Fibular Hemimelia explained
Fibular Hemimelia is a partial or total absence of the fibula and is the most common form of lower limb deficiency present at birth. There are two long bones in lower leg, the thicker one is called the tibia and the thinner one is the fibula. With Fibular Hemimelia the tibia is shorter than normal and the fibula is missing or underdeveloped. A leg affected by Fibular Hemimelia will look shorter than an unaffected leg. The tibia may be bent and the foot may also be smaller than normal, bent outwards at the ankle and may have fewer than five toes. The knee is often also misshapen and may move abnormally.
Usually only one leg is affected, with the right fibula affected more often than the left and males are 50% more likely to be affected than females.
Diagnosis and causes
Severe cases are likely to be seen at scans during pregnancy. In milder cases it may at first be thought to be a foot deformity but when the shortening of the leg becomes more noticeable and the leg is X-rayed the full picture can be seen. Most cases of Fibular Hemimelia are thought to occur for no reason.
Steps have produced a downloadable publication, Leg Length Difference for parents who have been told of a possible problem with their baby’s legs.
How can it be treated?
Treatment will depend on the severity of the condition and how normal the foot is.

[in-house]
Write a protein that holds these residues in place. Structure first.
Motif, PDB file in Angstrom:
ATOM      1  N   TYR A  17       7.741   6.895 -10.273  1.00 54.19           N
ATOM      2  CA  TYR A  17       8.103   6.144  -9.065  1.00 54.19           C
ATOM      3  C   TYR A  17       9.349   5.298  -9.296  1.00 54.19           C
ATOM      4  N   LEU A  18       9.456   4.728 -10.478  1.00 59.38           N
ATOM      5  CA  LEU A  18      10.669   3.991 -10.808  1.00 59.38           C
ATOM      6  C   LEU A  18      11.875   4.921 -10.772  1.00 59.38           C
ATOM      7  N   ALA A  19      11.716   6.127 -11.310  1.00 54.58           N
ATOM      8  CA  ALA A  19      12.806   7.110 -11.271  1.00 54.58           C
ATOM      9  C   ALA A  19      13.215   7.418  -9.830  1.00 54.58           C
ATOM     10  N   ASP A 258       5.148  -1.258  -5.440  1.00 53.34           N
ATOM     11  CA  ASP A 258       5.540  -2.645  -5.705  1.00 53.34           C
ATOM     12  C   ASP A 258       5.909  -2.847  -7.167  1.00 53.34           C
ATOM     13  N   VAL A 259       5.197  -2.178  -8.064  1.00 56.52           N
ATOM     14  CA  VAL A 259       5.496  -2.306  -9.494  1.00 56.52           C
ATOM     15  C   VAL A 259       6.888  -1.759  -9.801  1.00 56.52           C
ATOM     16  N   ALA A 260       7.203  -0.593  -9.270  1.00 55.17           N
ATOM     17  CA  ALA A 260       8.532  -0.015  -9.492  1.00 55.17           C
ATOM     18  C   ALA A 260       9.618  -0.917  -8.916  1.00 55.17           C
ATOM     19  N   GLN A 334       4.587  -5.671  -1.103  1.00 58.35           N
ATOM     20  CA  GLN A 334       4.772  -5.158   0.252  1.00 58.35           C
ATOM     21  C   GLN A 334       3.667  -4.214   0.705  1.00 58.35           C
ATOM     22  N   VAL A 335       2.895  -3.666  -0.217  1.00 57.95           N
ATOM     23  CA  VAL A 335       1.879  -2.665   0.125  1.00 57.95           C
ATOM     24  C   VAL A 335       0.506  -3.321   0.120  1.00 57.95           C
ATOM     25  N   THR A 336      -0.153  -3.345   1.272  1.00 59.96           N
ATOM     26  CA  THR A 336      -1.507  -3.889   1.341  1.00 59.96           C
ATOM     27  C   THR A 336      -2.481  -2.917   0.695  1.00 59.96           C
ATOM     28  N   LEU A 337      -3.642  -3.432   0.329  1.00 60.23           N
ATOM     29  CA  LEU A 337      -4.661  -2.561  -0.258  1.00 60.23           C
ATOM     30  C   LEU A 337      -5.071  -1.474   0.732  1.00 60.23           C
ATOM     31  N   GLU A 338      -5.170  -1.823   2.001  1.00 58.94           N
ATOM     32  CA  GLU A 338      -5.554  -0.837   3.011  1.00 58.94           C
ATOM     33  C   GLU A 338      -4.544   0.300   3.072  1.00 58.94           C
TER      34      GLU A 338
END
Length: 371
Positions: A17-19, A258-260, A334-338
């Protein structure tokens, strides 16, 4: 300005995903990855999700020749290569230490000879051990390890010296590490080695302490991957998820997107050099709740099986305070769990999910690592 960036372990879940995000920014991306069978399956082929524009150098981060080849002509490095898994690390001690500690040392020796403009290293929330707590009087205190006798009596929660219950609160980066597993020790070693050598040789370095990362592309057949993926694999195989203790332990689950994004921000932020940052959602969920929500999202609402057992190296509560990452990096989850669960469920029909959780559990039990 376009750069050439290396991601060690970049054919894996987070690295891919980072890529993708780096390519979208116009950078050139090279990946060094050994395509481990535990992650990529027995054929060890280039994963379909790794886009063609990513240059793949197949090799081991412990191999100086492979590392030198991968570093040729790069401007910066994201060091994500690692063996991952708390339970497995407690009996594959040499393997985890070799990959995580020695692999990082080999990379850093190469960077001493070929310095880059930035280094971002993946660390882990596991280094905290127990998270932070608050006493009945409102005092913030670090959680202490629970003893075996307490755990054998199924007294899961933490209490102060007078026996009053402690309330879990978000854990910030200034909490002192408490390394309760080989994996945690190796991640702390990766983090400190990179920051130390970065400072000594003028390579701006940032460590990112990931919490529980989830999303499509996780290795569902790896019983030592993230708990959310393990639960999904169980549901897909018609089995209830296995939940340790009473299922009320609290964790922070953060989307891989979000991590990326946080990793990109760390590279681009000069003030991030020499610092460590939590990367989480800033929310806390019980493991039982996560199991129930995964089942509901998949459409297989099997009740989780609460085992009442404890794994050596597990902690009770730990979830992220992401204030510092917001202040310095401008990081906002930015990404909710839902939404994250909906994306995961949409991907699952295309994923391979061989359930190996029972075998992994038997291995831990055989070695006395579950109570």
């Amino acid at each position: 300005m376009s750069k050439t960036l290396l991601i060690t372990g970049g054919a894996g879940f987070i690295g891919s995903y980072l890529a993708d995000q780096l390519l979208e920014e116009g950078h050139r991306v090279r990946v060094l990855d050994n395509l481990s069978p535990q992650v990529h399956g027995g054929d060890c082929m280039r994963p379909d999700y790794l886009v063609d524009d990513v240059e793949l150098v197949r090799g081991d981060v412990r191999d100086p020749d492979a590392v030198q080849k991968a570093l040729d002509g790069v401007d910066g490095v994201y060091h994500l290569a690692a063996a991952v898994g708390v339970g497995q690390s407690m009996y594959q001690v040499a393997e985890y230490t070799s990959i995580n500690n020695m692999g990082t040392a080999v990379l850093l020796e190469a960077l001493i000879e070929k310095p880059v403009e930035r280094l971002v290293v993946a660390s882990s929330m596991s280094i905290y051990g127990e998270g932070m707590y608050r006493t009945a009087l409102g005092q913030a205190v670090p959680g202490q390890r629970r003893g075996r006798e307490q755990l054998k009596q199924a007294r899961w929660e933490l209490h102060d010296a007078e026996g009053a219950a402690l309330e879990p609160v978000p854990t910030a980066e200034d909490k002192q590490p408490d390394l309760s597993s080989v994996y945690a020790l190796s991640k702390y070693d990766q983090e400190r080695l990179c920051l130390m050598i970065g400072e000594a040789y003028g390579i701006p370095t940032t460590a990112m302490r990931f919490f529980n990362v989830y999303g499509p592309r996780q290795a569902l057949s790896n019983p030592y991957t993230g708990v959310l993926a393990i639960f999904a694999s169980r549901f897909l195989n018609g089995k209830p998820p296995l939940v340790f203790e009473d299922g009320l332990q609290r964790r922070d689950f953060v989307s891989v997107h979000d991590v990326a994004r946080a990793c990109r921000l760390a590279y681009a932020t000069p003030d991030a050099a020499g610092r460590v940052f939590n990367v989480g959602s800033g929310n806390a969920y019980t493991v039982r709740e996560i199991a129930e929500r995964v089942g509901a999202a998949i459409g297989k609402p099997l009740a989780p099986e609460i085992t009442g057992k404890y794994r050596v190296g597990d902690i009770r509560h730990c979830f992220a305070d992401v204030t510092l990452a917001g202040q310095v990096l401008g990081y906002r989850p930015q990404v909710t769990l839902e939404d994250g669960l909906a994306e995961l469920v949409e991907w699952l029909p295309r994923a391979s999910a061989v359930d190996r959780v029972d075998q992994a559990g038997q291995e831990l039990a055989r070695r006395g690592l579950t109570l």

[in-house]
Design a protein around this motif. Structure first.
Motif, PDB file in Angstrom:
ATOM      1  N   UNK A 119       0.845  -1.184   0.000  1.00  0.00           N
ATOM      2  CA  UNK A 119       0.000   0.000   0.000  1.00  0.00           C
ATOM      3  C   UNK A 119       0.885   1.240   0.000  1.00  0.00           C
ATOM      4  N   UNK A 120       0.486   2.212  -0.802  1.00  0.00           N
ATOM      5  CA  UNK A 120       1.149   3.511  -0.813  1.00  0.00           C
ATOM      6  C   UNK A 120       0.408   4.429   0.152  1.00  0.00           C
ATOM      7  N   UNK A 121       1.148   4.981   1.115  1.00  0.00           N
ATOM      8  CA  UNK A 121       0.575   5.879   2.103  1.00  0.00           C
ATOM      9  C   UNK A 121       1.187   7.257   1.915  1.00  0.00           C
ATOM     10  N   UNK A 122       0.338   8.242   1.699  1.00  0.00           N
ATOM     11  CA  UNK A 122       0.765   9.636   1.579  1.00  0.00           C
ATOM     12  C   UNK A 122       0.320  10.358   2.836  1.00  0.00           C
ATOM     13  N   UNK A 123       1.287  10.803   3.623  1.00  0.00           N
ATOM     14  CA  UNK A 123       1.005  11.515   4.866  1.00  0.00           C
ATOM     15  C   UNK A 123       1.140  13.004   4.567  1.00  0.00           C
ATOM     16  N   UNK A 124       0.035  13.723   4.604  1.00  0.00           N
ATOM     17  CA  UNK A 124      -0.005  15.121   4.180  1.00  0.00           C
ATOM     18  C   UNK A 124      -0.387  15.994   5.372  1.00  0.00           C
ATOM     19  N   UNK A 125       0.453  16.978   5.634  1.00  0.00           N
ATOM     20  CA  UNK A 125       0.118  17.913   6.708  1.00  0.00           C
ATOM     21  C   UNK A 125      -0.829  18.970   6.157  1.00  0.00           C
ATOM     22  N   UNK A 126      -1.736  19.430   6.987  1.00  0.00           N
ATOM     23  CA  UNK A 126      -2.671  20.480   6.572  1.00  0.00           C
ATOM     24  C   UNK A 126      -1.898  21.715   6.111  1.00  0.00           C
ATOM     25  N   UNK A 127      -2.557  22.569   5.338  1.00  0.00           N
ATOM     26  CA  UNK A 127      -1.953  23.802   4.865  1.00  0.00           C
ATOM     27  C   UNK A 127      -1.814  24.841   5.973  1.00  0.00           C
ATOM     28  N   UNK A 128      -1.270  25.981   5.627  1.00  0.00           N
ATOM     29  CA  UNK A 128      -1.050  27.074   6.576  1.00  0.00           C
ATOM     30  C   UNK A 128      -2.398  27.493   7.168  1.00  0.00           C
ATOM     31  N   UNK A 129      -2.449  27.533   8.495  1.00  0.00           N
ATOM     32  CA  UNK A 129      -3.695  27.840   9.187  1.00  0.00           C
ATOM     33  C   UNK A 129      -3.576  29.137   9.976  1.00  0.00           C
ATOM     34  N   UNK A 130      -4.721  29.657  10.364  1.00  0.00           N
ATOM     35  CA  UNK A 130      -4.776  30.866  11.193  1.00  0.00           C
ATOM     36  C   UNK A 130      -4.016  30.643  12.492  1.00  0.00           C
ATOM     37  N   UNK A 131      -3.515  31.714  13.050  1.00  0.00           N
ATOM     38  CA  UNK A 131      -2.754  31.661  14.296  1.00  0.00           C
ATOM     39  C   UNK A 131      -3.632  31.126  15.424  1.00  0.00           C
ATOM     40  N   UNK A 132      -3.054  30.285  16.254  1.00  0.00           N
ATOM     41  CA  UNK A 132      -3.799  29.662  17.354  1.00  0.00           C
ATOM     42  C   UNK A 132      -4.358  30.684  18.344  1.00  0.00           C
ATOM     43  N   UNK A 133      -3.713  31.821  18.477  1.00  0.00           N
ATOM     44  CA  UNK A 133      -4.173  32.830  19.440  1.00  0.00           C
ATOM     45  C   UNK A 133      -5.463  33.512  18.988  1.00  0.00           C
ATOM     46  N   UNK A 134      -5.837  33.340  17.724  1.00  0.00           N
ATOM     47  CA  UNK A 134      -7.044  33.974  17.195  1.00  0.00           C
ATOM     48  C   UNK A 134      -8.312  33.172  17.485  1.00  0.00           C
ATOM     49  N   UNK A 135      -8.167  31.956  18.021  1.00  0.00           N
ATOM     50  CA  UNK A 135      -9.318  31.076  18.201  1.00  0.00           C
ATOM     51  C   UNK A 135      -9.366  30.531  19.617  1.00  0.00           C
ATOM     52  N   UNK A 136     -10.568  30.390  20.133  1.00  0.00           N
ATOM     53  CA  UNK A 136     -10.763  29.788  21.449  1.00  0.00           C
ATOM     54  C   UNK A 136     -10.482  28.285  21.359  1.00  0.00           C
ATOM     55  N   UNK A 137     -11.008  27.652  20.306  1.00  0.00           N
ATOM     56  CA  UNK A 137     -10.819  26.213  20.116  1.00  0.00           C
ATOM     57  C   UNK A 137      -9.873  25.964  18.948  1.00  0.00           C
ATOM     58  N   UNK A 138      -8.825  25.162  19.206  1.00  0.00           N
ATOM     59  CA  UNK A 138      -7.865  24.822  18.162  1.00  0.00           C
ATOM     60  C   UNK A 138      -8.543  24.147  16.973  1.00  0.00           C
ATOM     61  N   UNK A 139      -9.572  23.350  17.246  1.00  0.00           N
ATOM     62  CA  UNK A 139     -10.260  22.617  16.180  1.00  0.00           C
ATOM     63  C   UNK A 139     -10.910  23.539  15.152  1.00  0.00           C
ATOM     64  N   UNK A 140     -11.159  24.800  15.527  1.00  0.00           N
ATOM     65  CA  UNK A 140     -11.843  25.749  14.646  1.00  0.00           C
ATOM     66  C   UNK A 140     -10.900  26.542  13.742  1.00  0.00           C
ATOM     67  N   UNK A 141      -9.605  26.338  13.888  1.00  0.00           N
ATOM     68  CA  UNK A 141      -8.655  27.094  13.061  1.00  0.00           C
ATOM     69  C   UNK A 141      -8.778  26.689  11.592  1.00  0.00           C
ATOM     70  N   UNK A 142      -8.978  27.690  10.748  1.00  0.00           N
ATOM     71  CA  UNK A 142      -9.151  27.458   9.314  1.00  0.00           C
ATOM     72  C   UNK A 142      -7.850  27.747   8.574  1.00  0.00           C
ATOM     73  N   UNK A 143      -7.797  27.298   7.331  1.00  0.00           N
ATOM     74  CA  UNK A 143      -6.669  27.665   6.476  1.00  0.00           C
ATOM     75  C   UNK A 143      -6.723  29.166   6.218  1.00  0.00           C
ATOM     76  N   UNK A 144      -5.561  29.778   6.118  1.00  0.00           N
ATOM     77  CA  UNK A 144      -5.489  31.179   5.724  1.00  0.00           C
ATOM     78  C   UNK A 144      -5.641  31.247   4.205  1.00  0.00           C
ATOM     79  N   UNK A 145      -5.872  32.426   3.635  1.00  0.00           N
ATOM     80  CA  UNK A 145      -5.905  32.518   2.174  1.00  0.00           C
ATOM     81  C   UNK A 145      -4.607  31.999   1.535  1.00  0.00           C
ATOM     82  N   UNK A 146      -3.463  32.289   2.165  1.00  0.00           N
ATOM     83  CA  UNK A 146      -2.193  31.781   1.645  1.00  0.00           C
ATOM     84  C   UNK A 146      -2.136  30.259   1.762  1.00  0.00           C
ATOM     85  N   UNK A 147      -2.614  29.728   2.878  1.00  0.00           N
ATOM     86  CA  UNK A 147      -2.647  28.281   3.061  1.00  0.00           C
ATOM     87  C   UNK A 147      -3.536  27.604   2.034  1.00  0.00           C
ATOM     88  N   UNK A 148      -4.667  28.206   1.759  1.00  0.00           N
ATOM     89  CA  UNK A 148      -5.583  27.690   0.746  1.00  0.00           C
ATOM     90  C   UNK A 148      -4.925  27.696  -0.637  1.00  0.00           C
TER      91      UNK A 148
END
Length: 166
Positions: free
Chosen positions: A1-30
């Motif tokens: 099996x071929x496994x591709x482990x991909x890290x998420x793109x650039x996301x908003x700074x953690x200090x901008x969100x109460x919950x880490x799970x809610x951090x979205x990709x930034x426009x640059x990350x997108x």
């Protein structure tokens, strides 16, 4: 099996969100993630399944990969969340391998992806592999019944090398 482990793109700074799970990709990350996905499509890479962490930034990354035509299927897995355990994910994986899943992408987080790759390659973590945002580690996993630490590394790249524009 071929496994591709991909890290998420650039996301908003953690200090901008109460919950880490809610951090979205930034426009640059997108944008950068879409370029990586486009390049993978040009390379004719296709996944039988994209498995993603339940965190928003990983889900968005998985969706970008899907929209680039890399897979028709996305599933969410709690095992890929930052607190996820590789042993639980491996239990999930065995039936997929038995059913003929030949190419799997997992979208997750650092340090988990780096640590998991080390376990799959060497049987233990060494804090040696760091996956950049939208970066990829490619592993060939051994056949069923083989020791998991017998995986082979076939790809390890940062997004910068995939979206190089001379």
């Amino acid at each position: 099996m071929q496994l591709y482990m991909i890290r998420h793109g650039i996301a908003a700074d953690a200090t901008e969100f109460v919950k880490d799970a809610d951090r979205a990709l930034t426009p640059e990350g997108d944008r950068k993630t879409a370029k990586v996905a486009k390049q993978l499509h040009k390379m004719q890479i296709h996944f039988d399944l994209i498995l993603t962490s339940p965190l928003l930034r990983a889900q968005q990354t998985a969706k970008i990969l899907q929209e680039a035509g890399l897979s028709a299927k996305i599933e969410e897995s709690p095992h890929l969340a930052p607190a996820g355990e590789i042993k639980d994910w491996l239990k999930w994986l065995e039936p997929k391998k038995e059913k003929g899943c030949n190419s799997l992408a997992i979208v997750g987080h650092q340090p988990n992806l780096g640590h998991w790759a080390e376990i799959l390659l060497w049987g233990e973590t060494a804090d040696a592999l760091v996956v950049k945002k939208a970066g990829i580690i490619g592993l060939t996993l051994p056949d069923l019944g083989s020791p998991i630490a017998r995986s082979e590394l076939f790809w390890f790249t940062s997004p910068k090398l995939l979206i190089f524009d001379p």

If the foot is reasonably normal it may be possible to lengthen the leg using the Ilizarov apparatus (pictured right).
If the foot is twisted outwards to the side it may be possible to correct it sufficiently using surgery
If the foot is not sufficiently normally formed and the tibia is too short it may be best to amputate it through the ankle using procedures such as the Syme’s or Boyd amputation and fit an artificial limb (prosthesis). Prosthetic limbs can be used in almost all situations, including in water (pictured further below).
Steps have produced a Parent’s Guide to Planned Amputation to help parents and carers prepare themselves and their child for a lower limb amputation.
Steps have also produced a guide – Preparing For Your Child’s Surgery to help parents and carers prepare themselves and their child for a hospital admission.
Steps have produced a fact sheet about emotionally Preparing for an Amputation with further publications on preparing for hospital, life with a prosthetic and talking to education providers available in the near future.
In cases where the fibula is present and the shortening is not severe the treatment is usually leg equalisation either by slowing growth of the other leg (epiphyseodesis) or leg lengthening.
Children’s sports prostheses funding in England
The Department of Health and Social Care is making £1 million available (£500,000 per financial year) to fund prostheses in England. The fund is for children who have suffered limb loss or were born with a limb deficiency, to enable them to take part in physical activity and sports. The funding is available until the end of March 2020.
NHS limb centres in England may request funds for individual prostheses they have prescribed up to the value of £5,000 per limb (not per child). This includes all the associated costs of fitting the new limb, such as a new socket or liner.
For an individual prosthesis of greater value, they must apply for approval from an advisory group.
Steps is a member of the advisory group and if you have any questions on funding for sports prostheses please contact us on email@example.com.